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« Reply #2 on: July 14, 2016, 08:52:46 PM »

I actually like the approach you used, where you connected the rooms together, and disavowed anything you saw out of the current room if when you actually got there it was different.  I actually remember you mentioning that earlier, and was certainly one point towards me picking this game for the Maps Of The Month.  Honestly!  Yes, it ties into a particular cinematic event this month, but since TerraEsperZ submits a lot of good stuff that it seems like I have to recognize Terra almost once yearly, but with so much to choose from, I figured I might as well pick something a bit more interesting.  This being obscure (at least to North Americans) and with an interesting mapping method (which I apparently recalled correctly) it seemed like it was a good time to do it.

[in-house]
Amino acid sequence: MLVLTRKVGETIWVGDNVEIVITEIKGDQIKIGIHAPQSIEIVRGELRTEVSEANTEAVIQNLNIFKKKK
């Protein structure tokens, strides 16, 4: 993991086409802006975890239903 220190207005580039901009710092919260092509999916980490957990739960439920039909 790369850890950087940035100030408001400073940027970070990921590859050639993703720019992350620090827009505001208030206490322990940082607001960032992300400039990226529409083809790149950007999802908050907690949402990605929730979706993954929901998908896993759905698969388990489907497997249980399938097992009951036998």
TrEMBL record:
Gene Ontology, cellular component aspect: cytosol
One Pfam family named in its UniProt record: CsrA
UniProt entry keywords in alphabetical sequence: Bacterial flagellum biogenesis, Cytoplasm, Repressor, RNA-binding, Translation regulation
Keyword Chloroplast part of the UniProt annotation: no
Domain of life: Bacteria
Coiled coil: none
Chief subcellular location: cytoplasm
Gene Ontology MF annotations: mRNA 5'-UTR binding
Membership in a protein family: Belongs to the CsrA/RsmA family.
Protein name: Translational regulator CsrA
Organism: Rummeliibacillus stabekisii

I would be interested to hear what you would do differently.  A full map but having bits of outside rooms might be confusing, wouldn't it?

I think what you did was fine, and is not really a "lie" because all one cares about is the playable area.  It might be nice to embellish "outside" areas as a way to make a map your own.  For instance, I was always thinking of trying something like taking one of the NES Mega Man maps (hi, Revned!), since they tend to be jagged lines going right and down, and filling in the empty space.  Using tiles from the same map, I would complete partial structures and landscapes, until there's no empty space.  For purists that just want to know what the actual map is, I would put a border around the original map, to separate it from the creative background.  I think it could look really cool, while preserving the integrity of the game space.  While not exactly the same as it sounds like you were doing - perhaps even the opposite (I was describing something additive, yours was probably more subtractive) - it still is an interesting question, of how to handle things out of reach to the player.  There have certainly been creative things done to the map of The Legend Of Zelda: A Link To The Past, notably changing the sky/earth separation in Death Mountain, or completing the top of Hyrule Castle or the area around the pyramid.